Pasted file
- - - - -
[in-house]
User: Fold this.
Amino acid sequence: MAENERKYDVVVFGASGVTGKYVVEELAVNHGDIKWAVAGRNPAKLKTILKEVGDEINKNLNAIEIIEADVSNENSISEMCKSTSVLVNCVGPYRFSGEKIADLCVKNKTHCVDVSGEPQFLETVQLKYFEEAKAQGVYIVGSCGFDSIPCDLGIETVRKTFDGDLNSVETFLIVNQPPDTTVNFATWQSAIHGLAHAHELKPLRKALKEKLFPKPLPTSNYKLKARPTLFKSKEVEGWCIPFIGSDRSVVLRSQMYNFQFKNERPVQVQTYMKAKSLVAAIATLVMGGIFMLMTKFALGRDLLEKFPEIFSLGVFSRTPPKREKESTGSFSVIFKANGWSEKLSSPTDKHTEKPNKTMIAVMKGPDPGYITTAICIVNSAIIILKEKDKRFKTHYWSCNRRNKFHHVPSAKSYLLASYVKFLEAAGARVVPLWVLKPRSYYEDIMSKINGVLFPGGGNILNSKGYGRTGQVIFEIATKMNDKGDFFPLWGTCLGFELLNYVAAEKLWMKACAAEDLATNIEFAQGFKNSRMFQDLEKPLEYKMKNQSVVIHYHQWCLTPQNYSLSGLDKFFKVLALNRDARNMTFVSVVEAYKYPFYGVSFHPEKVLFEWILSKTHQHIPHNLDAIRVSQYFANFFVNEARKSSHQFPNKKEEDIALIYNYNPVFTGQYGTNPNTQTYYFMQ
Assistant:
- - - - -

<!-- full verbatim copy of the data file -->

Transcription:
[in-house]
User: Fold this.
Amino acid sequence: MAENERKYDVVVFGASGVTGKYVVEELAVNHGDIKWAVAGRNPAKLKTILKEVGDEINKNLNAIEIIEADVSNENSISEMCKSTSVLVNCVGPYRFSGEKIADLCVKNKTHCVDVSGEPQFLETVQLKYFEEAKAQGVYIVGSCGFDSIPCDLGIETVRKTFDGDLNSVETFLIVNQPPDTTVNFATWQSAIHGLAHAHELKPLRKALKEKLFPKPLPTSNYKLKARPTLFKSKEVEGWCIPFIGSDRSVVLRSQMYNFQFKNERPVQVQTYMKAKSLVAAIATLVMGGIFMLMTKFALGRDLLEKFPEIFSLGVFSRTPPKREKESTGSFSVIFKANGWSEKLSSPTDKHTEKPNKTMIAVMKGPDPGYITTAICIVNSAIIILKEKDKRFKTHYWSCNRRNKFHHVPSAKSYLLASYVKFLEAAGARVVPLWVLKPRSYYEDIMSKINGVLFPGGGNILNSKGYGRTGQVIFEIATKMNDKGDFFPLWGTCLGFELLNYVAAEKLWMKACAAEDLATNIEFAQGFKNSRMFQDLEKPLEYKMKNQSVVIHYHQWCLTPQNYSLSGLDKFFKVLALNRDARNMTFVSVVEAYKYPFYGVSFHPEKVLFEWILSKTHQHIPHNLDAIRVSQYFANFFVNEARKSSHQFPNKKEEDIALIYNYNPVFTGQYGTNPNTQTYYFMQ
Assistant: